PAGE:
When individuals are arrested for a crime in Texas, they will go before a judge who determines if a bond will be set, if the individual will be held without bail, or if the individual is eligible to be released on his or her own personal recognizance. Some people in Texas have worried that the bond systems in place can allow arrestees to be released pending trial, only to return to the streets, commit a serious crime, and be arrested again.
Such was the case in 2019 when Caitlynhne Infinger Guajardo – who was 20 years old and pregnant at the time – was allegedly stabbed a total of 20 times and killed along with her unborn child. The alleged killer, Alex Guajardo, had been arrested for assaulting Caitlynne several days before, in addition to torturing and killing Caitlynne’s cat. However, when Mr. Guajardo was seen at bail review, a Harris County judge did not hold him without bail – or even set a high bail in his case. Instead, the judge released him on his own personal recognizance, and he was free to go. Guajardo is currently facing capital murder charges for both Caitlynne’s death and the death of their unborn child.
Since the time of the alleged murder, a bill has been introduced in the Texas state legislature in Caitlynne’s name, trying to toughen the standards on personal recognizance releases.
If you are facing a bail hearing or a criminal charge while currently out on bail (or on your own personal recognizance), the experienced Austin criminal defense lawyers at Granger and Mueller PC can explain all of your legal options to you and pursue the best possible result on your behalf. Please speak with us today to discover more about how we could help defend you against your pending criminal charge.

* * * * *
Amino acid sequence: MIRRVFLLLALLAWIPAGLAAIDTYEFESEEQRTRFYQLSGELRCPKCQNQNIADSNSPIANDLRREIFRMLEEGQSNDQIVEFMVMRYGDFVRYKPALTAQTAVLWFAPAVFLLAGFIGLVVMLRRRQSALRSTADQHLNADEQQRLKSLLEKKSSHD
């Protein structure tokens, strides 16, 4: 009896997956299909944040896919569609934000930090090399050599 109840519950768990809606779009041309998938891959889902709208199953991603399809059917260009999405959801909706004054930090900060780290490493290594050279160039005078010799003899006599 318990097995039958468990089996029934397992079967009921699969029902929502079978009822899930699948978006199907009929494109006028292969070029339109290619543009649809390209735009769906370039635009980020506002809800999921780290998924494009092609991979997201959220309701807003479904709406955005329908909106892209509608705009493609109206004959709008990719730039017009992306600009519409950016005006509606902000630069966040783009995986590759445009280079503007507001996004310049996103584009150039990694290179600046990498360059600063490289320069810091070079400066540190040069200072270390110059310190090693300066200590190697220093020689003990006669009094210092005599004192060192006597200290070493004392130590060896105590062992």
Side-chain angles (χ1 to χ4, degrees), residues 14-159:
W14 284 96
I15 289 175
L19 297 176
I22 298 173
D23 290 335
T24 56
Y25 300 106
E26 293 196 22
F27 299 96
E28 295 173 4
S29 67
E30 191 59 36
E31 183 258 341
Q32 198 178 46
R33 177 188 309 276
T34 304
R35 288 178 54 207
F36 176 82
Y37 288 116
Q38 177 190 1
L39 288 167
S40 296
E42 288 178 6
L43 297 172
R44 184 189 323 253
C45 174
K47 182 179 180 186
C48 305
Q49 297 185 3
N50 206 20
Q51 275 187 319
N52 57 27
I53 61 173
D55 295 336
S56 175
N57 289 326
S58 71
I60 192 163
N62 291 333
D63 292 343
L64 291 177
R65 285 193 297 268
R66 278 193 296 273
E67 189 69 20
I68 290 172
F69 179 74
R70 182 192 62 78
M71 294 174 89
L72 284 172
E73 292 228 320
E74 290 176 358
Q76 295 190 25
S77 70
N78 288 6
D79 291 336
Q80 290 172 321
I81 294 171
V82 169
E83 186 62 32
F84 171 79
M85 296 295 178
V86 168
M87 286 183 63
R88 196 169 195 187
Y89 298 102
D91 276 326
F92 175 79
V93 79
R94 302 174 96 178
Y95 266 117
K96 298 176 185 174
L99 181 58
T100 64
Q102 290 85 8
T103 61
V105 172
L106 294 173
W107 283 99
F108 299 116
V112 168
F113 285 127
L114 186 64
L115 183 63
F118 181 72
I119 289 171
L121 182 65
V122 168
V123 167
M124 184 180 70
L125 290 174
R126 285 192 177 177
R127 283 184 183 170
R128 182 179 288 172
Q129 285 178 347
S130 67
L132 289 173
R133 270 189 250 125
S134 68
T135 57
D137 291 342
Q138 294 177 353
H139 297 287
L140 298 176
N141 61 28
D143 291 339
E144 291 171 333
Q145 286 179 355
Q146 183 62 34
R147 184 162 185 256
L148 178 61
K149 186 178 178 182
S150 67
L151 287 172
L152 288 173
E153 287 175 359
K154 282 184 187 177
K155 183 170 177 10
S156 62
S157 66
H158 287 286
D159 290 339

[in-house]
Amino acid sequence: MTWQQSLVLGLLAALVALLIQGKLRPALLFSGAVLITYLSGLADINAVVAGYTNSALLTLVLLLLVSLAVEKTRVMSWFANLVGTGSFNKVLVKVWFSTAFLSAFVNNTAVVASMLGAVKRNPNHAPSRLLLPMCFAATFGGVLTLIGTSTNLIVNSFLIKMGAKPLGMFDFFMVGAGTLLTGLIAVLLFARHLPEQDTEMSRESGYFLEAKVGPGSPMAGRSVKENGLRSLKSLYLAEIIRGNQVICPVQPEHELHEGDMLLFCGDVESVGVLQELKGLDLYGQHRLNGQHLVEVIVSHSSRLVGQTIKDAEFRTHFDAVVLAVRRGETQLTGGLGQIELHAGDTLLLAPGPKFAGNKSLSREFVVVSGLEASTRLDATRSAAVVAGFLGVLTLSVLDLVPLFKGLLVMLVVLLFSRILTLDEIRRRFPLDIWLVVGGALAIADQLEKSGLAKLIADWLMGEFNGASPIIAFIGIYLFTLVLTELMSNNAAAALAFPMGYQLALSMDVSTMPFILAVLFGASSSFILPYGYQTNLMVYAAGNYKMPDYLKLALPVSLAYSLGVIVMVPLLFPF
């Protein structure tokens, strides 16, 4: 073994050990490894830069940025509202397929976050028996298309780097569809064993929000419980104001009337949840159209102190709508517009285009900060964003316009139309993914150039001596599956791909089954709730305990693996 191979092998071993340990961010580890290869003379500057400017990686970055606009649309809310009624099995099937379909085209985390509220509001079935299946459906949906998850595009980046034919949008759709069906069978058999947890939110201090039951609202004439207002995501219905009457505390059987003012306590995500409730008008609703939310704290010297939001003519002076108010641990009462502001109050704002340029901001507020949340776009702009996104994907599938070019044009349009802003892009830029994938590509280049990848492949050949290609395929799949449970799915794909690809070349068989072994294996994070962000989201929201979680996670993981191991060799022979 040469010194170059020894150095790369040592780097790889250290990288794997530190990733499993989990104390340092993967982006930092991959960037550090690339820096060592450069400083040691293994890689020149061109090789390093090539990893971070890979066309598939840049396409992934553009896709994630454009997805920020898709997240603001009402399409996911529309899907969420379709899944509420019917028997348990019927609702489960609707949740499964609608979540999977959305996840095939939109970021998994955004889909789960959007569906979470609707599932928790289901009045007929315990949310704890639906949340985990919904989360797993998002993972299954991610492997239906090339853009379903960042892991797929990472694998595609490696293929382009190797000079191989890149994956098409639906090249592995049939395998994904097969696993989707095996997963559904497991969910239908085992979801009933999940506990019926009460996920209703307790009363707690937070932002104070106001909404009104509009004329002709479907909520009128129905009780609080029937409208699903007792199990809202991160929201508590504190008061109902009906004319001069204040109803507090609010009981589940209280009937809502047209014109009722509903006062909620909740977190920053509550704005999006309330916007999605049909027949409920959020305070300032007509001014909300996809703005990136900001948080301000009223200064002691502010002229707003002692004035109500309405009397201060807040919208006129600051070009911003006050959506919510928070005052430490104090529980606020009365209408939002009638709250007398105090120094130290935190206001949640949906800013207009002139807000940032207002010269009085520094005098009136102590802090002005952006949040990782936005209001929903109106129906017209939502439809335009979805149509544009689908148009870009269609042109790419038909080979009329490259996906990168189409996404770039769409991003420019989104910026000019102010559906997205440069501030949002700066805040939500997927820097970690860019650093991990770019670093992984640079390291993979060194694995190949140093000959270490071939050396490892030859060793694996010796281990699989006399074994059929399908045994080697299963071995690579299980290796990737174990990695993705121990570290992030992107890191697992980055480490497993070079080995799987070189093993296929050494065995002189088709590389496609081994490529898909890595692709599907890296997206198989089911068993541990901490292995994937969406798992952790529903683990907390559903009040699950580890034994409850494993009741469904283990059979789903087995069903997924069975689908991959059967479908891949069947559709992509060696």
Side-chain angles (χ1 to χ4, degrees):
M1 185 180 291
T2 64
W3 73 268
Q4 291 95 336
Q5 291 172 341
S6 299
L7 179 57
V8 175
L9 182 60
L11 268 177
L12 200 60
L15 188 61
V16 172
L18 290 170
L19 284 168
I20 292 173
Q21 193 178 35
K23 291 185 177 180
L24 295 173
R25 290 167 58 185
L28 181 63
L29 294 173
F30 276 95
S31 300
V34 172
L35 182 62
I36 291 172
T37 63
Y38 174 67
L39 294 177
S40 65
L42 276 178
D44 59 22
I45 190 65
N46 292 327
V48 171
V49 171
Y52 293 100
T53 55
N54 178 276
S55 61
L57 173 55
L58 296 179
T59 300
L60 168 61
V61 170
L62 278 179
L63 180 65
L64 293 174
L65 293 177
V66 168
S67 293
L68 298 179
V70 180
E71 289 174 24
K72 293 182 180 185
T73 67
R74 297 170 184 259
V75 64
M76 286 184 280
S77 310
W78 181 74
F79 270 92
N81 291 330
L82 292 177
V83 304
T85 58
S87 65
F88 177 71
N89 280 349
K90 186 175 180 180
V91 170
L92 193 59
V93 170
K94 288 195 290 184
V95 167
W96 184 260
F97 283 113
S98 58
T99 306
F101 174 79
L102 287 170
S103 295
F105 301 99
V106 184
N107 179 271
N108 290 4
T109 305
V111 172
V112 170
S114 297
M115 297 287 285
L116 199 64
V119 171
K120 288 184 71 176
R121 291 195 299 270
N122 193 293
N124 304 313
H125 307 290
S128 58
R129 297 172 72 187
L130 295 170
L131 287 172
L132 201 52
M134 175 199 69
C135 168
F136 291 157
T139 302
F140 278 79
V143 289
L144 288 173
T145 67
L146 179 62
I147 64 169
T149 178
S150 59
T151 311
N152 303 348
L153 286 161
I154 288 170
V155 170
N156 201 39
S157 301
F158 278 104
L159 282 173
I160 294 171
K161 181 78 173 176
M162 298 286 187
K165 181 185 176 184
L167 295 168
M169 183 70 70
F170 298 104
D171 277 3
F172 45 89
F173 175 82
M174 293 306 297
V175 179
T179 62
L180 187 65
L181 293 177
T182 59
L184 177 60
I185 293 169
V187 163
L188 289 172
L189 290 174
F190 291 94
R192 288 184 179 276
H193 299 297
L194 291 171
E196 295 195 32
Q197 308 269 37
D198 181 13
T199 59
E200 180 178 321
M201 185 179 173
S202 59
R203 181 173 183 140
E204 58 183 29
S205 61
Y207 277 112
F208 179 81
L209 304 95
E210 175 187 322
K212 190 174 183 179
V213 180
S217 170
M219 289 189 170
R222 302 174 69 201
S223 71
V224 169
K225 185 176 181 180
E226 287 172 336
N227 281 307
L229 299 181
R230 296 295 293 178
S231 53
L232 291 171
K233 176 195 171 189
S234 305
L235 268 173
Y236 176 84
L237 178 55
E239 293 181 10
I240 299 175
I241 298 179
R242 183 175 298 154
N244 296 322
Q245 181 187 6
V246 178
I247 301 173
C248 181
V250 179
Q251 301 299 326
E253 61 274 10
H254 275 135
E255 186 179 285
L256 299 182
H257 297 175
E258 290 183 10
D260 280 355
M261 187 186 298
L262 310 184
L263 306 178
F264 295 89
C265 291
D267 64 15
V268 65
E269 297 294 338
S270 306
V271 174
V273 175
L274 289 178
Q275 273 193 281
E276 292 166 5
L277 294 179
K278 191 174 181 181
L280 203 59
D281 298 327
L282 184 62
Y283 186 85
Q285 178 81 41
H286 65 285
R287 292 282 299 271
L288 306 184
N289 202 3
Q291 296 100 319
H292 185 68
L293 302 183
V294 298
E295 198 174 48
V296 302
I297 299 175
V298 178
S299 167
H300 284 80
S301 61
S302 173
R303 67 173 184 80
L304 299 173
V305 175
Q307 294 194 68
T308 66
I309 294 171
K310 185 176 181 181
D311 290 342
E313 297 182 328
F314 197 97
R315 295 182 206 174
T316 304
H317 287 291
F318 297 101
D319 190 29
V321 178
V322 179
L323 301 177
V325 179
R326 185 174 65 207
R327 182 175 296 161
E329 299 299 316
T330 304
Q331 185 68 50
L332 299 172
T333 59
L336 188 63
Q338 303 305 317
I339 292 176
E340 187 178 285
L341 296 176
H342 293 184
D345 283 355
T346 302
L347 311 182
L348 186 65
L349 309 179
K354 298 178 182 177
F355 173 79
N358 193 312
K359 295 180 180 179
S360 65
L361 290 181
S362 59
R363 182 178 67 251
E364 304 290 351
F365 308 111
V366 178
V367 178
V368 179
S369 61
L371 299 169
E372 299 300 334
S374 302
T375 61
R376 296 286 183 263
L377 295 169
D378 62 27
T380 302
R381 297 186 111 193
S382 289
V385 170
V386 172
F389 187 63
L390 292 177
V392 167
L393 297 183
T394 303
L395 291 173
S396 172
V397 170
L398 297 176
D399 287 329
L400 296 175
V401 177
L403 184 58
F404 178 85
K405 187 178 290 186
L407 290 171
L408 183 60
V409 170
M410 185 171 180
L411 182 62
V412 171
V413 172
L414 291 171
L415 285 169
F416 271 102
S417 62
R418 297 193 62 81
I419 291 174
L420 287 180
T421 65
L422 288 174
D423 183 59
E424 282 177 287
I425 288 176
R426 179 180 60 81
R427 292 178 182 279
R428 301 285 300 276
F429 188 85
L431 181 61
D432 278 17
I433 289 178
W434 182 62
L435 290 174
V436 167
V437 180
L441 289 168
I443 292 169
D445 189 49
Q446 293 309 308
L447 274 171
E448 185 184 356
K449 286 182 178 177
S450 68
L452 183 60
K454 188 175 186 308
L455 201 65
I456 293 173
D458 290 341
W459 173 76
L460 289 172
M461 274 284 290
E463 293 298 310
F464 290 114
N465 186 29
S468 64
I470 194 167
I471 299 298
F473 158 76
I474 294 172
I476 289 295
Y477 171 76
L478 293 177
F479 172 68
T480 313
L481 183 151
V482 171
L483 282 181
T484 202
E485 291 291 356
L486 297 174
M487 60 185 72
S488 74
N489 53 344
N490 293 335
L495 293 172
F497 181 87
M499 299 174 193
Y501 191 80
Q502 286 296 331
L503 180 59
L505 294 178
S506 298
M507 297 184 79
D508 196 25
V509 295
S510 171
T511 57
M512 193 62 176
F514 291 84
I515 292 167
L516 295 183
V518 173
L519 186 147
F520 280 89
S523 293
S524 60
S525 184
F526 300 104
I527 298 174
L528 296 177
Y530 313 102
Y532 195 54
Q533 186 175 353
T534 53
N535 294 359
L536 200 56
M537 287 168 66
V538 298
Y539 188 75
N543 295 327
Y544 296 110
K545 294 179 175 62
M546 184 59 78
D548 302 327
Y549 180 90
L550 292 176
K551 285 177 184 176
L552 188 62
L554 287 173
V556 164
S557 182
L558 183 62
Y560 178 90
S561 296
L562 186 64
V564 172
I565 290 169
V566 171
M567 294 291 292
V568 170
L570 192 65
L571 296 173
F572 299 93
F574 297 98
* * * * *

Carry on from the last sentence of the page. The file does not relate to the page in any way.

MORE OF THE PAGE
What the Proposed Law Would Change
Proponents of Caitlynne’s law have argued that the extent of prior bond reforms has gone too far and that dangerous criminals are being released back onto the streets all too frequently. Texas State Senator Paul Bettencourt is currently sponsoring Caitlynne’s Law. If the bill were ultimately passed by the Texas state legislature, judges who handle bail review hearings would be required to do the following:
- Stop releasing suspects on their own personal recognizance if they have already been issued such a release in the past
- Issue a $10,000 minimum bond for any arrestee who has been charged with a felony offense on three or more prior occasions
Senator Bettencourt and other proponents of the law have stressed the fact that this issue impacts all Texas citizens, and they are convinced that the law is necessary to prevent similar crimes from happening to others. However, this law can also provide unfair roadblocks to those facing bail hearings, and more people might needlessly wait in jail while their cases are pending.
Speak with a Knowledgeable Austin Criminal Defense Lawyer About Your Legal Matter Today
If you have been charged with a criminal offense, it is essential that you have skilled legal representation in your case as early on in the process as possible. The knowledgeable legal team at Granger and Mueller PC is ready to fight for fair bail and all other rights of defendants.
For a free case evaluation and legal consultation with a knowledgeable Austin criminal defense attorney, please call us today at 512-474-9999 or contact us online for more information about how we can assist.